The dead bodies all over Amsterdam Avenue

About three years ago, these strange, large, spotted black and red flies started appearing in Manhattan. I started noticing them during my walks up to Trader Joe’s. They were hard to miss: they were literally flying everywhere in droves, and oddly, they love to hang out low to the ground. As I’d pass by our sister building two blocks away on my walk up to 72nd Street, I noticed that there were splatters of dead bodies all over the sidewalk. You knew they were the bodies of these dreaded spotted lantern flies because the black and red stains were huge, like a mix of some black who-knows-what and blood, or perhaps even appearing like ketchup. Porters of buildings would be cleaning the sidewalks, attempting to sweep and scrub these corpses off their sidewalks and off the walls of their properties. It was absolutely hideous.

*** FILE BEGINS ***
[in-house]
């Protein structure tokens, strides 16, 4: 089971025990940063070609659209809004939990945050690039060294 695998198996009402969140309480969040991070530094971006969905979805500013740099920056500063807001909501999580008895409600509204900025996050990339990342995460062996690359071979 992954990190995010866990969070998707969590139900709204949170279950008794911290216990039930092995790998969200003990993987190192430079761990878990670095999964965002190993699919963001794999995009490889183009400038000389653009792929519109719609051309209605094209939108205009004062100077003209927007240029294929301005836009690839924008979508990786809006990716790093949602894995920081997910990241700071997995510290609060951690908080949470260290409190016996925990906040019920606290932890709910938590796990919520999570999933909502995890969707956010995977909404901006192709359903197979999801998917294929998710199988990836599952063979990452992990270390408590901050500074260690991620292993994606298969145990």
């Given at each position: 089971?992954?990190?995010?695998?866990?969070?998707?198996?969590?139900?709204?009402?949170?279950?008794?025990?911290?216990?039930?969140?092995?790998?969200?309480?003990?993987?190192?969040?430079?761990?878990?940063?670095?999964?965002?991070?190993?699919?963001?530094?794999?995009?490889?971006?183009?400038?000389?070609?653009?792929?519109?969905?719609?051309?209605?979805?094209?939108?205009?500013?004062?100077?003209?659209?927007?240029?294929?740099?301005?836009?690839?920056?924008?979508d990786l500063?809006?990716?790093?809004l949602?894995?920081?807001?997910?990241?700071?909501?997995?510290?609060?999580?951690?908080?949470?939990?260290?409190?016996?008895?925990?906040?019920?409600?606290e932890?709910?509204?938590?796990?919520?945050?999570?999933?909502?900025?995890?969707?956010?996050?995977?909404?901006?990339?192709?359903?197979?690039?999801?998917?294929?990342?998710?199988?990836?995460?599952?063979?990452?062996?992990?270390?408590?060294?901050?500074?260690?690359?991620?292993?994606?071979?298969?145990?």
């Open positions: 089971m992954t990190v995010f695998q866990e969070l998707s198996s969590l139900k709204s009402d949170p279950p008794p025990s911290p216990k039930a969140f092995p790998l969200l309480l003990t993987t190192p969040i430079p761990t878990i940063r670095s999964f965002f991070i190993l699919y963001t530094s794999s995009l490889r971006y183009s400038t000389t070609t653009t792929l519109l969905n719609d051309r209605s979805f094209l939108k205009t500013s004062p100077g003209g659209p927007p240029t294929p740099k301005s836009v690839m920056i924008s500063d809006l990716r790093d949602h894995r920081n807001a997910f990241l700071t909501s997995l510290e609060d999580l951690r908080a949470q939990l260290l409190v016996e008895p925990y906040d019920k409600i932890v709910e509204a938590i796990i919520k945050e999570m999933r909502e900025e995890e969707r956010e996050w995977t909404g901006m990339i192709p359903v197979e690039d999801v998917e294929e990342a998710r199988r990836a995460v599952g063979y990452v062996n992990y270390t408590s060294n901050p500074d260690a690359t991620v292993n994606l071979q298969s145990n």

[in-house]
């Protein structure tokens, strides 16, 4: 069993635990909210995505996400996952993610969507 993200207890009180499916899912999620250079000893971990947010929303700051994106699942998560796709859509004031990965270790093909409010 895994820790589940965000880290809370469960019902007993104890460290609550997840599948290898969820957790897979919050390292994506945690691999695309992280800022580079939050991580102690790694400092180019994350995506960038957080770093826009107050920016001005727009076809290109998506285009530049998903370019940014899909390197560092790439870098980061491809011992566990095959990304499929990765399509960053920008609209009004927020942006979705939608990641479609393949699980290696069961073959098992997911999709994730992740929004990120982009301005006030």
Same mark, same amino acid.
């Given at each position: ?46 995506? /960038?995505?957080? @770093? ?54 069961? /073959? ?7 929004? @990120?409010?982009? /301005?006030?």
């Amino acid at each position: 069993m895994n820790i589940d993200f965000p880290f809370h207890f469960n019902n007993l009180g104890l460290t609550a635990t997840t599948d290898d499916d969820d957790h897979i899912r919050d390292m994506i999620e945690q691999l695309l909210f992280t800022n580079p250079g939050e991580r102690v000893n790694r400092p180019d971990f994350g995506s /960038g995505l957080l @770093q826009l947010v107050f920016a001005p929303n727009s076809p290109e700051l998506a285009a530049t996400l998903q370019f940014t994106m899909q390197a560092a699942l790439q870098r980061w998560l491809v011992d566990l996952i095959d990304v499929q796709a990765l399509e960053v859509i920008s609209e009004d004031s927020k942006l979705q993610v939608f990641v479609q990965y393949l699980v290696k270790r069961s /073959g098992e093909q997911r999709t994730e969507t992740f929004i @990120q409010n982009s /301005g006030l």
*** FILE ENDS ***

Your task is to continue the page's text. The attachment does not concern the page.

These little scum flies came to New York from Pennsylvania and then New Jersey, but they are originally from China. While spotted lanternflies are harmless to humans, they are an invasive species that can apparently cause widespread economic harm by damaging some of our most beloved plants. They feed on the sap of more than 70 plants, and so they pose a huge threat to species like vineyards. They are also not going away anytime soon; they reproduce at ridiculously fast rates and in large numbers at a time. Spotted lanternflies are essentially the cockroaches of flies. Every single day I leave our building, I constantly am watching people dodge them, squash and kill them, and wipe and scrub them off buildings and sidewalks. It’s this never ending state of nastiness of these disgusting bugs and their invasion onto our daily turf.

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